The works invite the viewers to think about their own and the sculpture’s relationship with nature. The sculptures are enhanced by their setting, whether indoors as in the Temperate House among the palms and ferns, or outside amongst the majestic mature trees. The sculptures distill the essence of their verdant surroundings – almost requesting that we compare and contrast the shapes, textures, patterns of the natural with the man-made structures as well as examine the thoughts and emotions that both invoke in us.

To find out more about the work of David Nash, and the exhibition at Kew Gardens, click on the following links:

Details of David Nash at Kew – A Natural Gallery

Keep up to date with the exhibition

Nash-inspired art courses & talks by the artist

Sign for the David Nash, A Natural Gallery, exhibition in the Shirley Sherwood Gallery of Botanical Art at Kew Royal Botanic Gardens

Red and Black Dome by David Nash (2006) in the Temperate House at Kew Royal Botanic Gardens

Pyramid and Sphere – bronze sculptures by David Nash in the Temperate House at Kew Royal Botanic Gardens

Red Throne – a bronze sculpture by David Nash (2012) in the Temperate House at Kew Royal Botanic Gardens

Plateau – bronze sculpture by David Nash (2011) in the Temperate House of Kew Royal Botanic Gardens

Red Frame – redwood sculpture by David Nash (2008) in the Temperate House at Kew Royal Botanic Gardens

Signs to the David Nash ‘A Natural Gallery’ exhibition at Kew Royal Botanic Gardens

Woodgrain with lichen

Woodgrain with lichens: Woodgrain pattern and texture enhanced by the delicate colours of encrusting lichens on a fence post exposed to salty sea breezes at Ringstead Bay, Dorset, U.K. on the Jurassic Coast (1)

Whether it’s on cut timber, wooden posts, fences, or driftwood that has washed ashore, I always look at the patterns, colours and textures in the exposed woodgrain. These natural designs, showing growth rings and other internal tree structures, are often accentuated by etching and weathering of the elements; and enhanced by the colonisation and colouration of different types of  lichens. I particularly like the combination of woodgrain textures with the subtle and delicate grey-green hues of the encrusting lichens on the fence posts illustrated here.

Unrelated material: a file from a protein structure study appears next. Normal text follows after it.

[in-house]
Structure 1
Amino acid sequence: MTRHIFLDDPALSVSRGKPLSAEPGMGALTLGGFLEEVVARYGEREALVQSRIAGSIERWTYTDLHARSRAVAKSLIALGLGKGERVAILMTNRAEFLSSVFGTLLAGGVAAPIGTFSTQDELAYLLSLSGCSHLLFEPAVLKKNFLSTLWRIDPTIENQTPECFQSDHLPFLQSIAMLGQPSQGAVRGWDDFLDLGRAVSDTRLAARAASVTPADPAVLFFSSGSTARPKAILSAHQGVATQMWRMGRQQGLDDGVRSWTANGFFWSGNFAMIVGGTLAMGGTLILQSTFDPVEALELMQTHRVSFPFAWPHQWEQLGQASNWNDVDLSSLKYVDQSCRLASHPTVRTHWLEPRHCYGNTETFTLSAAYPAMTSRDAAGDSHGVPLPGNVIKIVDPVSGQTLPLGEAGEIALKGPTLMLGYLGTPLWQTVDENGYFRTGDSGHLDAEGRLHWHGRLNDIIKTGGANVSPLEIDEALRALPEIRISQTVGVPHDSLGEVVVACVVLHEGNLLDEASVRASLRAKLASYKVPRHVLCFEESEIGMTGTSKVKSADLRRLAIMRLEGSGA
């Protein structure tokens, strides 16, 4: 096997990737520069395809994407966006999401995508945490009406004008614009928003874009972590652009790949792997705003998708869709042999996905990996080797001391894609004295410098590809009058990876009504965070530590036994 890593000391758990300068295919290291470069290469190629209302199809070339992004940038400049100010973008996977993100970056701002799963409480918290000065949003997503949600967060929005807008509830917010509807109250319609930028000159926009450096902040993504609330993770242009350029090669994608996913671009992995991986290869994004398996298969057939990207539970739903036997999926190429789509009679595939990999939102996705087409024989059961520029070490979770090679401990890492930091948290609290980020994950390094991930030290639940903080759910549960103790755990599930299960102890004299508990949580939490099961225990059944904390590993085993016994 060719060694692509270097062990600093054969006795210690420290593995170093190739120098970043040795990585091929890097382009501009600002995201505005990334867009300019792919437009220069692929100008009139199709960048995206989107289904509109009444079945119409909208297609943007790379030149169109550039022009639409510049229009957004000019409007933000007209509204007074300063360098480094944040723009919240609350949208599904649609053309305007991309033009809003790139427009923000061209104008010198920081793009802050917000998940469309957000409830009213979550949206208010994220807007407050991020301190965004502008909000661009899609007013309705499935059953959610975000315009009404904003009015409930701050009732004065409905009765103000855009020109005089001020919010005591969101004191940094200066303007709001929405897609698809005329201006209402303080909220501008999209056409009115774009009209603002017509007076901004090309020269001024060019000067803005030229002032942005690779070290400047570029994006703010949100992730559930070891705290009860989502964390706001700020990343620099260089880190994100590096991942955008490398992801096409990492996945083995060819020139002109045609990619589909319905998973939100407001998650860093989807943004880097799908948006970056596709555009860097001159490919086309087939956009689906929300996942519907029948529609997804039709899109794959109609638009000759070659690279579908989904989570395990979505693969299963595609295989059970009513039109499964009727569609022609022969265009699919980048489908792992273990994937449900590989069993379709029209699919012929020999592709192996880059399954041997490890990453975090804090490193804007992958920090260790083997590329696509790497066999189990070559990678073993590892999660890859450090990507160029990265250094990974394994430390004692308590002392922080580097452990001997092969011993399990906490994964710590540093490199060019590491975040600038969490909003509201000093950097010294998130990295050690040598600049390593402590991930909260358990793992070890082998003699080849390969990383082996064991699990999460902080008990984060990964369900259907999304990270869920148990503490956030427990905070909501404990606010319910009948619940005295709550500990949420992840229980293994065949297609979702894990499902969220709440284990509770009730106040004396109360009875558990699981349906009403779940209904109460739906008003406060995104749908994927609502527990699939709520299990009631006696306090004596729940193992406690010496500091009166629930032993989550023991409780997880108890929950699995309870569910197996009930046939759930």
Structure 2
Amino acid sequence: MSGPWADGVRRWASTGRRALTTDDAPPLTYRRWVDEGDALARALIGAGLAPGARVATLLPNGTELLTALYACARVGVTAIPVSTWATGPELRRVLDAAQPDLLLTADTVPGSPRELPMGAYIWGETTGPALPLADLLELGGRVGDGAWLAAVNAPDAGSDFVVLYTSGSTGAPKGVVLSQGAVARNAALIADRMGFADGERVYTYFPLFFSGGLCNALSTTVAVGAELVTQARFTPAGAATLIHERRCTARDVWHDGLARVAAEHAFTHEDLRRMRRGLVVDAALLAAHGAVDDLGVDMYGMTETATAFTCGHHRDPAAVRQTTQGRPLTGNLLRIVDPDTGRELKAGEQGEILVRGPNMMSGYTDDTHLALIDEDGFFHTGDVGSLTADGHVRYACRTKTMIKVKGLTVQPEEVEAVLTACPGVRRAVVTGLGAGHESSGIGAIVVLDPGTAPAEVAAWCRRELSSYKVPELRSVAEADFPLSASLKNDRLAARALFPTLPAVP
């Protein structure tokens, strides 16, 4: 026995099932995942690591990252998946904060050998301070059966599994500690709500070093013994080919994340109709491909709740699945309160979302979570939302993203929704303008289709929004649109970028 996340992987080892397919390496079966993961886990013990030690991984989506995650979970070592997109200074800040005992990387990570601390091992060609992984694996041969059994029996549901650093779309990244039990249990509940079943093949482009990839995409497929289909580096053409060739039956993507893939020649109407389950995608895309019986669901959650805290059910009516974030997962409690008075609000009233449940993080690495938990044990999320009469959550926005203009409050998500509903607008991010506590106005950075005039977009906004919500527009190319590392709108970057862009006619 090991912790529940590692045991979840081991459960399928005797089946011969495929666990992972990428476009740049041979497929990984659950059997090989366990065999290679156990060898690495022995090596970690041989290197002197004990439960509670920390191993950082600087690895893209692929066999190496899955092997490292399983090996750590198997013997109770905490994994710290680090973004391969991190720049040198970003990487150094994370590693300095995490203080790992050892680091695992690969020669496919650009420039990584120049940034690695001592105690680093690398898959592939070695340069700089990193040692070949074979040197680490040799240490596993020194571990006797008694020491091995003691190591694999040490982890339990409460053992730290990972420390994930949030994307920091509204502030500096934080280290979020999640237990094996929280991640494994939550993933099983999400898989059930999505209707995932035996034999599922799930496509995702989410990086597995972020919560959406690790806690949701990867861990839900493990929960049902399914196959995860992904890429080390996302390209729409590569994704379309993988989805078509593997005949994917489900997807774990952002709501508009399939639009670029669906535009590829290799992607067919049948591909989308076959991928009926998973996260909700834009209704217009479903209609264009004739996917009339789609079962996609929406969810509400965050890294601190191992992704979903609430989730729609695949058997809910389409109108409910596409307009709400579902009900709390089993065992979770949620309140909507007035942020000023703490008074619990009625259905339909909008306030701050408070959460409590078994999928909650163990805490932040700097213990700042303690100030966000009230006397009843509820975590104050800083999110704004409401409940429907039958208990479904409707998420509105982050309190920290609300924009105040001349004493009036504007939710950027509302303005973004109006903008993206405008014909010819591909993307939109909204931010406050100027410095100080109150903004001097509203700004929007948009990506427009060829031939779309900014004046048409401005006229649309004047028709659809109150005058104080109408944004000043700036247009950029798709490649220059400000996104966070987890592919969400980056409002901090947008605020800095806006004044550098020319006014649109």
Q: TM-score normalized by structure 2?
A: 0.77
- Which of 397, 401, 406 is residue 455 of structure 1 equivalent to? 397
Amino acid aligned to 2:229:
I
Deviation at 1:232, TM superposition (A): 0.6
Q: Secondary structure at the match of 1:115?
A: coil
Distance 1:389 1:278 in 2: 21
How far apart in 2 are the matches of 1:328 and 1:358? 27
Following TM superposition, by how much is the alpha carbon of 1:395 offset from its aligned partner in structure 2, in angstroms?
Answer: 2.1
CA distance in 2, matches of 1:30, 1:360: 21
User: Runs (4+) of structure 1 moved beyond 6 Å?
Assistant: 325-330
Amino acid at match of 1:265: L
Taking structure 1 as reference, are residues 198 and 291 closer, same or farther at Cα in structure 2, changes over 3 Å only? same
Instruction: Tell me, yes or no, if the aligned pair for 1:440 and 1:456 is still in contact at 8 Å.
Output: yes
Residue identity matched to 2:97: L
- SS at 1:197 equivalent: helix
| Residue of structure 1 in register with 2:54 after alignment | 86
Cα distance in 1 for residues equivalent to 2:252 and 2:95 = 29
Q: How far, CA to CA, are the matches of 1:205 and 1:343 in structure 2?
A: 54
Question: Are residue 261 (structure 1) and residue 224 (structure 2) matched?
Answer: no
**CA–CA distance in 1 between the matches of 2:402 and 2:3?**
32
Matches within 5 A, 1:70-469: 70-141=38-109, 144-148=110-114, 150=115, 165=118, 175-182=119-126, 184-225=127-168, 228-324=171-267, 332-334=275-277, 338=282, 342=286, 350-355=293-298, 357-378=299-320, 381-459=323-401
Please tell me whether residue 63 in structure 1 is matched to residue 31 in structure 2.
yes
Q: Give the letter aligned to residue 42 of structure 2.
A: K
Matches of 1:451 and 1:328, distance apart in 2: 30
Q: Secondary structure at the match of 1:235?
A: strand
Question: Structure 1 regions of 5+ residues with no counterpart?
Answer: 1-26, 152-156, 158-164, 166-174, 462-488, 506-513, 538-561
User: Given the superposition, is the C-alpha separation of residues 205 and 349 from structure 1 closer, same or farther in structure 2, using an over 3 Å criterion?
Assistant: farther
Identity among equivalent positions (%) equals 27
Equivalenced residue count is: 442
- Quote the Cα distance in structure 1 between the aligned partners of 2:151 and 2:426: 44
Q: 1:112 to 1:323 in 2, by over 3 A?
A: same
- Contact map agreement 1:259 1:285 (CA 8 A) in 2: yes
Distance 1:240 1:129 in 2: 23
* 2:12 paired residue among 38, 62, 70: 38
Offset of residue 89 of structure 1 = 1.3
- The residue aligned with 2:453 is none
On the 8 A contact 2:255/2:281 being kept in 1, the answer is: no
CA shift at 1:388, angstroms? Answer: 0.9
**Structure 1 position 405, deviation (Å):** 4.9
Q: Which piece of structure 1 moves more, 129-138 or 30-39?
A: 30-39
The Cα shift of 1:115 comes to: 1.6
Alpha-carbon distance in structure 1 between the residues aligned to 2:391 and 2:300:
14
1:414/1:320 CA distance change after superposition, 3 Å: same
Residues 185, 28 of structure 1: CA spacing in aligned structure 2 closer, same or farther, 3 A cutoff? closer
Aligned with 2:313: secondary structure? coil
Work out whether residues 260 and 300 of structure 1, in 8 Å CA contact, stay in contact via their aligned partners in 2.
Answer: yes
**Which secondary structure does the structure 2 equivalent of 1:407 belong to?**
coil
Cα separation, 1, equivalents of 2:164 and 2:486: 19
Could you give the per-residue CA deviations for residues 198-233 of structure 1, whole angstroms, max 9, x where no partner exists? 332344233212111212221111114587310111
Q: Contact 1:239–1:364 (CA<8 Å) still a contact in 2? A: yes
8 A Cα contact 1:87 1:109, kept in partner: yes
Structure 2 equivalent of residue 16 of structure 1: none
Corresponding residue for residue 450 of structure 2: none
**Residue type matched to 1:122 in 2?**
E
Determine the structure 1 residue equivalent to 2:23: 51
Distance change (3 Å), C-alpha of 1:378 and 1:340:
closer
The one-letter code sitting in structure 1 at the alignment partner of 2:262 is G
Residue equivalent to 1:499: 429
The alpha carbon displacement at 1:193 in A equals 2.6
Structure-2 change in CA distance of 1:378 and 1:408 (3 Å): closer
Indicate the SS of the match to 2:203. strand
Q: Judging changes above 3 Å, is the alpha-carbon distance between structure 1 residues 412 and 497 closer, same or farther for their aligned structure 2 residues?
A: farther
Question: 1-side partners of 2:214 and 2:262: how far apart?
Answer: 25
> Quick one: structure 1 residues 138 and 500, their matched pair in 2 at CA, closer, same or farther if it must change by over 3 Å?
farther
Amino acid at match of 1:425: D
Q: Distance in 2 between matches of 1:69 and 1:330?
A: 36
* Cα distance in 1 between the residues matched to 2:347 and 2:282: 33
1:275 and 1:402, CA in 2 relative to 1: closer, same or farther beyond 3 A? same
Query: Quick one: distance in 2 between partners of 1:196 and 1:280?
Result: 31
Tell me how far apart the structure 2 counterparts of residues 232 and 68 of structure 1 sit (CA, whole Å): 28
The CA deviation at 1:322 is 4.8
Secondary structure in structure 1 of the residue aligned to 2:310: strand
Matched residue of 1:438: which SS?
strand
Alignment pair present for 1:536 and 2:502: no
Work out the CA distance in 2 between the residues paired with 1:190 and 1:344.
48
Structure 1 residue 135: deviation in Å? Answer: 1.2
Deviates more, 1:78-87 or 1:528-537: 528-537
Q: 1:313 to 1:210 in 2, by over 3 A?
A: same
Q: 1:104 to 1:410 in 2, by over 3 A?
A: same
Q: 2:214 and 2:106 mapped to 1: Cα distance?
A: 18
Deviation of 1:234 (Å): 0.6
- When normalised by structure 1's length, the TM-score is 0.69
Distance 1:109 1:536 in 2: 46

Pattern and texture in woodgrain: Woodgrain pattern and texture enhanced by the delicate colours of encrusting lichens on a fence post exposed to salty sea breezes at Ringstead Bay, Dorset, U.K. on the Jurassic Coast (2)

Botanical abstract pattern: Woodgrain pattern and texture enhanced by the delicate colours of encrusting lichens on a fence post exposed to salty sea breezes at Ringstead Bay, Dorset, U.K. on the Jurassic Coast (3)

Natural abstract patterns: Woodgrain pattern and texture enhanced by the delicate colours of encrusting lichens on a fence post exposed to salty sea breezes at Ringstead Bay, Dorset, U.K. on the Jurassic Coast (4)

Lichens on woodgrain: Woodgrain pattern and texture enhanced by the delicate colours of encrusting lichens on a fence post exposed to salty sea breezes at Ringstead Bay, Dorset, U.K. on the Jurassic Coast (5)

Woodgrain with lichens: Woodgrain pattern and texture enhanced by the delicate colours of encrusting lichens on a fence post exposed to salty sea breezes at Ringstead Bay, Dorset, U.K. on the Jurassic Coast (6)

COPYRIGHT JESSICA WINDER 2011

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Woodgrain & knots on wreck timbers

Old timbers provide a fascinating array of  textures, patterns and colours. These photographs show some details of the planking on an old boat wreck on the beach. The grain of the wood has opened up with the weathering process. In the knots, the wood has split into radiating segments like the muscles in the iris of an eye. Most of the paint has been abraded by wind-blown sand but a few layered flakes of pale blue and pink colour remain. The brightest colouring results from the corrosion of large iron rivets or nails. The rust has seeped out into the surrounding timber and stained it bright orange and in some places has given it a varnished texture. 

 

COPYRIGHT JESSICA WINDER 2012